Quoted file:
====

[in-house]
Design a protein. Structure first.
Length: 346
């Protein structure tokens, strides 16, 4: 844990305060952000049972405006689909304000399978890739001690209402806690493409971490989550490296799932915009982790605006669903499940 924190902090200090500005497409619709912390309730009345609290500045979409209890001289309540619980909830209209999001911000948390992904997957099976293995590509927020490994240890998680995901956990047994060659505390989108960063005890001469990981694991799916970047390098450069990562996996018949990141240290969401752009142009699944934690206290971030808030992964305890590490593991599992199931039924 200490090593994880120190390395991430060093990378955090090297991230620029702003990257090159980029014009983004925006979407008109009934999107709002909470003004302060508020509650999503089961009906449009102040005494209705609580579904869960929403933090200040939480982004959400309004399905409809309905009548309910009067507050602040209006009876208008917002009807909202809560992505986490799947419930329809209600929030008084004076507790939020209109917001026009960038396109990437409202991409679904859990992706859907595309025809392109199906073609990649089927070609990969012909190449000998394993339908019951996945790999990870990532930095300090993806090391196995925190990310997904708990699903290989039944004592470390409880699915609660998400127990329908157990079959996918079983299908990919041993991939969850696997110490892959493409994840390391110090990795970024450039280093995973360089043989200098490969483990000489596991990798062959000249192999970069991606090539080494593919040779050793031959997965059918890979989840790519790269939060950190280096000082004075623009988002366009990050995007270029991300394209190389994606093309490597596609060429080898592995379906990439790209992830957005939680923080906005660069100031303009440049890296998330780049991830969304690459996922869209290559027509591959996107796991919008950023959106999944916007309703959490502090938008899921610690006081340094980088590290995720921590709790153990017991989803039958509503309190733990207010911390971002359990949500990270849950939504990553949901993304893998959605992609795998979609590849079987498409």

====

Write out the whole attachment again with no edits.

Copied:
[in-house]
Design a protein. Structure first.
Length: 346
């Protein structure tokens, strides 16, 4: 844990305060952000049972405006689909304000399978890739001690209402806690493409971490989550490296799932915009982790605006669903499940 924190902090200090500005497409619709912390309730009345609290500045979409209890001289309540619980909830209209999001911000948390992904997957099976293995590509927020490994240890998680995901956990047994060659505390989108960063005890001469990981694991799916970047390098450069990562996996018949990141240290969401752009142009699944934690206290971030808030992964305890590490593991599992199931039924 200490090593994880120190390395991430060093990378955090090297991230620029702003990257090159980029014009983004925006979407008109009934999107709002909470003004302060508020509650999503089961009906449009102040005494209705609580579904869960929403933090200040939480982004959400309004399905409809309905009548309910009067507050602040209006009876208008917002009807909202809560992505986490799947419930329809209600929030008084004076507790939020209109917001026009960038396109990437409202991409679904859990992706859907595309025809392109199906073609990649089927070609990969012909190449000998394993339908019951996945790999990870990532930095300090993806090391196995925190990310997904708990699903290989039944004592470390409880699915609660998400127990329908157990079959996918079983299908990919041993991939969850696997110490892959493409994840390391110090990795970024450039280093995973360089043989200098490969483990000489596991990798062959000249192999970069991606090539080494593919040779050793031959997965059918890979989840790519790269939060950190280096000082004075623009988002366009990050995007270029991300394209190389994606093309490597596609060429080898592995379906990439790209992830957005939680923080906005660069100031303009440049890296998330780049991830969304690459996922869209290559027509591959996107796991919008950023959106999944916007309703959490502090938008899921610690006081340094980088590290995720921590709790153990017991989803039958509503309190733990207010911390971002359990949500990270849950939504990553949901993304893998959605992609795998979609590849079987498409």